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Thursday, May 27, 2010

A Survey on the Future of Reading

I gave my colleagues at The Episcopal Academy a survey about print and electronic teaching material. A few questions pertaining to their personal reading and teaching preferences were thrown in too. I wanted to see how they themselves were reading, how they were teaching and how they thought their practices might change in the future because of changes in reading technology.

Schools are conservative institutions -- conservators, in fact, of our culture. Private schools are more conservative than public schools, and Episcopal is more conservative than many private schools. My colleagues displayed their conservation instincts well in their responses to the question below:

If you add the "Strongly Agree" to the "Agree" segment, you can see that almost everyone wants to keep a few printed books around, including me. I will never give up reading my Oxford Classical Texts They are beautiful! See:


But then take a look at the progressive streak below. According to the faculty, our kids will miss something if we don't include electronic materials in their education:


Not so conservative after all, are we? Comfortable with new technology, but respectful of the simple, elegant technology of the codex? They want it both ways:

Only a few folks could disagree with that question. The faculty are crying out for a mixed experience for our students.

Now here's the one that surprised me the most: many of our faculty see fundamental change on the horizon:




If you add those who agree to those who strongly agree, almost half the faculty see printed books being put out on the curb like the old library card catalogs in just twenty years. Personally, I see print books and electronic books coexisting indefinitely, so I was alarmed at this revolutionary outlook.

Twenty years may seem like a long time in the world of technology, but if you read Books in the Digital Age by John B. Thompson, you will be most impressed by the disasters the publishing industry suffered almost twenty years ago, in the early '90s, when publishers tried to peddle books on CD. The technology was there but no one wanted to buy it. That disaster stifled e-book development until the advent of the Kindle, twenty years later. It took that long for e-books to improve enough to compete with printed books.

Although no one knows for sure, it is a pretty good bet that over ten million but under fifty million e-books have been sold in just the past few years. And the pace is picking up, not leveling off. Nonetheless, owners of iPads and Kindles are still buying print books too. (Wall Street Journal, 4.30/2010, "Buyers of E-Books Still Like Print Too, Survey Shows") A huge change has already occurred, but how much farther will it go?

According to my survey, our faculty are pretty bi-technological. They mostly read their newspapers online and most develop their own electronic teaching material and store it for future use. They often collaborate with colleagues to develop this material. A third of them read e-books as well as print. They are comfortable dealing with non-print resources and believe that reading will soon move away from print.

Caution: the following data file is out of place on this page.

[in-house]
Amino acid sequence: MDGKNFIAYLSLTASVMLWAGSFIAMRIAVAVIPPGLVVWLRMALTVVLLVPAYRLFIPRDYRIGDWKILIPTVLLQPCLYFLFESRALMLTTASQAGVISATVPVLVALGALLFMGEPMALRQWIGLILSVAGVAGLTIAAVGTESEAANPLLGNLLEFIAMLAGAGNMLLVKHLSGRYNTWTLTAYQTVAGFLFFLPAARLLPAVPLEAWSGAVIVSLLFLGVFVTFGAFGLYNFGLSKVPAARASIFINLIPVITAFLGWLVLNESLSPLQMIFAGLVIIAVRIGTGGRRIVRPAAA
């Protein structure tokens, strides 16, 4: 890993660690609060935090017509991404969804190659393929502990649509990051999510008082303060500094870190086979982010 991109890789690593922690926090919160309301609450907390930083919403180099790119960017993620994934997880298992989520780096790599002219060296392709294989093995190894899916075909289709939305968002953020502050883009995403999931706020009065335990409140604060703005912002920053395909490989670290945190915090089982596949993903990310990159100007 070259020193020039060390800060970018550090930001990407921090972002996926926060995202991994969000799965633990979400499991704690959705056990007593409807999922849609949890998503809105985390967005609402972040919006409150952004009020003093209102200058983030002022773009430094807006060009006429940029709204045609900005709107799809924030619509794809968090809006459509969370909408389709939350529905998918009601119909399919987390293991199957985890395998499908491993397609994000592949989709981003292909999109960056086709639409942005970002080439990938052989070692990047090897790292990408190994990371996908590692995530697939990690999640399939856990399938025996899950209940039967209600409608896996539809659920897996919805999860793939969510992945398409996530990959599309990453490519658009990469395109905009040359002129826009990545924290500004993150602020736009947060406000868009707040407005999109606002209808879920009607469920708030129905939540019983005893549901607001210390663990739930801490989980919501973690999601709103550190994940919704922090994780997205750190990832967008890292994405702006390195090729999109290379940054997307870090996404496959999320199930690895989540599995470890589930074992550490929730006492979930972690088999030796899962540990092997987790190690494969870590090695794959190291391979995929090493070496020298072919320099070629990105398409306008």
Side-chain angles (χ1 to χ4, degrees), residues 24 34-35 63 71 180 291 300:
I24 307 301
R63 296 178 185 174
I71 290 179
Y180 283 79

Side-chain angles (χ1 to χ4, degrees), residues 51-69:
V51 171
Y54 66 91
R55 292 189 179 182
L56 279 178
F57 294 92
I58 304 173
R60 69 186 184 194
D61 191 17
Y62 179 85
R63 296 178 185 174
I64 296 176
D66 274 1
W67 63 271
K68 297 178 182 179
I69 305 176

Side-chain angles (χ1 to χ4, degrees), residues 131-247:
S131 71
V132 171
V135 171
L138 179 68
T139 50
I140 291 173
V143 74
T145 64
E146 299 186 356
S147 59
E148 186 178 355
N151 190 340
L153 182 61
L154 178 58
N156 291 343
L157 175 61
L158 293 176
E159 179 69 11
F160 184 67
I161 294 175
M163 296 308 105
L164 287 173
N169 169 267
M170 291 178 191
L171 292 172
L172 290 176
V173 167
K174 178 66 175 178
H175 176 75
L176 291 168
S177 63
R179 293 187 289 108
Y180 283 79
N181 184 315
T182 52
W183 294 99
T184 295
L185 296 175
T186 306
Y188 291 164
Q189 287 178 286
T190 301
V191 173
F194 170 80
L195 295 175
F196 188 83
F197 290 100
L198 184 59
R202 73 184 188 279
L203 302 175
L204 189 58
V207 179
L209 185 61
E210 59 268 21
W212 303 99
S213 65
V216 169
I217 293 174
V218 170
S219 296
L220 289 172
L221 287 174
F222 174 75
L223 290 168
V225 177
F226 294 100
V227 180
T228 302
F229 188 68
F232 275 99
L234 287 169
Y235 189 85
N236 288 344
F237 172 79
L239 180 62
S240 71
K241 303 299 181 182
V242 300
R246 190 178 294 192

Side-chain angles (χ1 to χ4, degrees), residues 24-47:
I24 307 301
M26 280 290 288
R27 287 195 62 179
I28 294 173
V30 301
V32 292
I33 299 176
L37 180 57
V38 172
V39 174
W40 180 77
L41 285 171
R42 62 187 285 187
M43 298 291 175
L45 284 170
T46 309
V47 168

But check out their own personal preferences below:

Those teachers who think -- for now at least -- that they will always prefer print over e-text may be the same folks who think print will survive for at least twenty more years. And if they think that, then they are right. Why would publishers stop selling something that they have always sold successfully and is still preferred by a majority of its customers? Educational publishers would have to change teachers' minds and come out with e-textbooks that beat print books hands down.
Be aware, however, that we are dealing with an unusual demographic at The Academy. Most of us read more than one book a year, which puts us in a tiny minority. If e-books can change that at all, well ... it would be nice for us readers to have more company. The life of the mind is grossly undervalued.

The complete results are available to you online by clicking here.

Sunday, May 16, 2010

A New Law of Physics: The Conservation of Stupidity

My ten year old is a "Scratch" junkie. Scratch is a graphical programming tool that was developed at M.I.T. for kids. (http://www.scratch.mit.edu/) It's a great toy on its own, but the real beauty of it is that kids can upload their projects and let other kids play the games that they develop. You can see the code, figure out how the other guy did it, and learn by taking apart.

The potential for this kind of learning is incredible. The concept is very simple but it enshrines the informal way that people have always learned through the eons when formal schooling was absent or irrelevant. Even today, when programmers want to solve a problem, they look online for scraps of code, or they look through their own old files to try to remember how they fixed a bug the last time it came up. There are no rules in this kind of learning, only precedents and examples.

Over a million projects written by kids for kids have been posted to the Scratch site. Impressive, no? No. I suggest you go to the site and try playing some of these games, animations and presentations. There are a lot of very clever programs, but boy are there a lot of stupid ones. Now in kid world, stupid is not necessarily bad. Kids love stupid stuff. They love to giggle. Babies are endlessly amused by someone who looks away and then looks back at them. Sometimes that still passes for entertainment with a five year old. If I tried that with my seventeen year old he'd just shake his head.